Carving Meccaa

Our time in the Western Province began in the nice little harbor of Peava, just southeast of Morovo. It was an overnight passage from Tulaghi, with a morning arrival into the narrow pass and the sun slightly behind us. The village greeter came paddling out in his canoe to ensure we anchored in an acceptable spot, and after a little chat, we politely let him know that we needed some time to rest.

Later in the afternoon, we all went ashore to introduce ourselves and meet others in the village. Barry stood up from his carving work to say hello. Ronnie told us about the area and about his family, and we continued a long conversation about the Solomon Islands’ history, the effects of logging on the reefs, and somehow Trump even got some air time! It seems his tweets even get here.

Peava Village
This particular island’s masterful carvings are known worldwide as well.  In fact, the “Barry” that I met that first day is actually a carver who is written about in numerous cruising and tourism guides. Even Ronnie, a fellow carver himself, praises Barry’s creative genius and expertise. At the time we met on the beach, Barry was in the beginning stages of carving a sea turtle he’d been commissioned to make. A rough piece of wood with the rudimentary outline sketched in blue marker slowly evolved into a work of art while we stood and talked. Elizabeth watched closely as Barry meticulously placed the chisel on the outline and bang- bang-banged it with a block of wood in his other hand. Years of practice had taught him just how hard to hit and at what exact angle he needed to hold the chisel.

The following day, our greeter came out to show us a few carvings his uncle had done. It was at that moment that we saw the depth of Mark’s carved-art addiction. In Chief John’s village a few months before, we’d just seen a glimpse when Mark had fallen head-over-heels for the shark-man. But here, in the carving capital of the Solomon Islands, his addiction would be fully realized! As the man began to unwrap his wares, Mark saw another carving that he just had to have - a series of turtles carved in polished Queen Ebony with hundreds of shells inlaid as accents. SOLD. That wiped out about half of the Solomon currency we’d gotten from our last trip to Honiara. Uh-oh. We’d have to get creative with trading if Mark found anymore must-haves! Our cash onboard was quickly being carved away!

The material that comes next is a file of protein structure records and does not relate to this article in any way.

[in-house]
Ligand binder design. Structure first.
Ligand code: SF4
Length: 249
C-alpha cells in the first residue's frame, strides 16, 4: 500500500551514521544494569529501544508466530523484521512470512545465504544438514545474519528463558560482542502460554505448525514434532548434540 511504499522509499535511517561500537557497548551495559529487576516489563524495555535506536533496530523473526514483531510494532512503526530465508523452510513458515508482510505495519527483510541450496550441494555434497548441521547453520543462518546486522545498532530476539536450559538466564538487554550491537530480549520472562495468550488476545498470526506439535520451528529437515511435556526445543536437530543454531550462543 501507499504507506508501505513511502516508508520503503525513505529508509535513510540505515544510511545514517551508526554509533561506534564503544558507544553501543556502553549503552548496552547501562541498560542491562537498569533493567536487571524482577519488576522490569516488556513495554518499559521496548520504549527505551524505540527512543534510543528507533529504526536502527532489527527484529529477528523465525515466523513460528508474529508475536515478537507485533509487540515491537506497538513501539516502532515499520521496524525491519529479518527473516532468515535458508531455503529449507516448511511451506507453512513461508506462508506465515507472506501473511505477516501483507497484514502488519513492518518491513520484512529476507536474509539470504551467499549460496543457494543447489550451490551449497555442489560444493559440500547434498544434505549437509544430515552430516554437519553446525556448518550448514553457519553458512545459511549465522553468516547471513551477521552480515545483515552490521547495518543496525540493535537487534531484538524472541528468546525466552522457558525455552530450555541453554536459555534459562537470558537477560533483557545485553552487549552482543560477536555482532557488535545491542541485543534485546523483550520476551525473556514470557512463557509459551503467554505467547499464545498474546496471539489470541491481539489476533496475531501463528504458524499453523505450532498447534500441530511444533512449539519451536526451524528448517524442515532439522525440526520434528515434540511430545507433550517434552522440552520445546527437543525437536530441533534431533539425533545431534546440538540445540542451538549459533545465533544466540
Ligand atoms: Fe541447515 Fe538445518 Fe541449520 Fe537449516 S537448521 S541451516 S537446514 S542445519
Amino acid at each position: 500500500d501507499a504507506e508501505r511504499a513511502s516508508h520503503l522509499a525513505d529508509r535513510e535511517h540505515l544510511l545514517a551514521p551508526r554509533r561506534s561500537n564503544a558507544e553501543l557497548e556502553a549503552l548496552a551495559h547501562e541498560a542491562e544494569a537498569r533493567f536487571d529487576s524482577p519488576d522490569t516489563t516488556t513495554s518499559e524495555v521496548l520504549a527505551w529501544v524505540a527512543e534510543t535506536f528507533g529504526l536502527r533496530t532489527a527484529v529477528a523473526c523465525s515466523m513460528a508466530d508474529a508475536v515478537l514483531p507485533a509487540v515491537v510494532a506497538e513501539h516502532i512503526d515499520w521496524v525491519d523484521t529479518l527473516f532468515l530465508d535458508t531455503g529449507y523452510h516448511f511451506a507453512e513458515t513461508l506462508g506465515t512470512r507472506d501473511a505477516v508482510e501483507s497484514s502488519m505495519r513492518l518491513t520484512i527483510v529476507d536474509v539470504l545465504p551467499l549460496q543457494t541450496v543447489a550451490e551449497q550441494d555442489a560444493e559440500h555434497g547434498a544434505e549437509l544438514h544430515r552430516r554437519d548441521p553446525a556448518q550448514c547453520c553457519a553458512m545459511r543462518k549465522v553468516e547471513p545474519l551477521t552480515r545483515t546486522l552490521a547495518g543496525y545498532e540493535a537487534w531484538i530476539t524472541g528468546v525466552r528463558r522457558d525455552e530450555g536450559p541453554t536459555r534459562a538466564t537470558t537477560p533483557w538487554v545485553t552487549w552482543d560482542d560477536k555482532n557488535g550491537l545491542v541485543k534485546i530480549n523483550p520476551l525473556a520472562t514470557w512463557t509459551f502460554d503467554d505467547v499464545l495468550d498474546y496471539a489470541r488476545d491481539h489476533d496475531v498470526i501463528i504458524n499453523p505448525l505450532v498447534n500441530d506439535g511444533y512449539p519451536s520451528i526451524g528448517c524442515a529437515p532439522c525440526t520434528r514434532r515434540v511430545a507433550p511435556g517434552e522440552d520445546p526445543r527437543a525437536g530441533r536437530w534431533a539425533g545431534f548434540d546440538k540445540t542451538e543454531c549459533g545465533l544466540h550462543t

Some of the carvings we acquired in Marovo

Shark-Man carving
Luckily, Mark had a few skills up his sleeve that came in pretty handy. For one amazing carving of a hunter and an eagle, he installed a solar panel and lights in Dashee’s house.

(See photo of Dashee with his prized hunter and eagle - we traded some lights and a solar panel that Mark spent a day wiring up for his family.)

Dashee and his carvings

The carving aboard Field Trip
For a carved crocodile and a “spirit of Solomons” panel of carved fish, he traded clothing and a solar lantern along with a bit of cash. And when the village organized a carving showcase in the meeting house, we brought what we could to trade, doing our best to deal fairly. Mark had to curb his enthusiasm and avert his eyes. The benches were covered with hundreds of hand-carved bowls, sculptures, spoons, and jewelry. This time, though, it was me who fell in love with a piece.

It was a ‘toto isu’, translated ‘long nose’ in the local language, but known throughout the Solomon Islands as ‘nguzunguzus’ (pronounced ‘noozoo-noozoo’). Their ancestors would have placed the figure on the prow of their canoes to state their intentions when approaching another island village. If the figure holds a human head, this means they are coming for war; holding a bird means they come in peace. The figures have become a national symbol, and are embossed on the one-dollar coin. The price for this work of art?? $1500 Solomon dollars - about US$200. Our trade? A cell phone with 12-volt charging adaptor for his daughter who was away at school.

Fuel Barge, cash from carving buys a drum of fuel
Although we were able to trade some goods and services for carvings, the folks here are desperate for cash. School fees are a major expense for them, and their children cannot attend school without payment. In hindsight, we would have liked to have brought more money with us, but we made it work and helped them in whatever ways we could.


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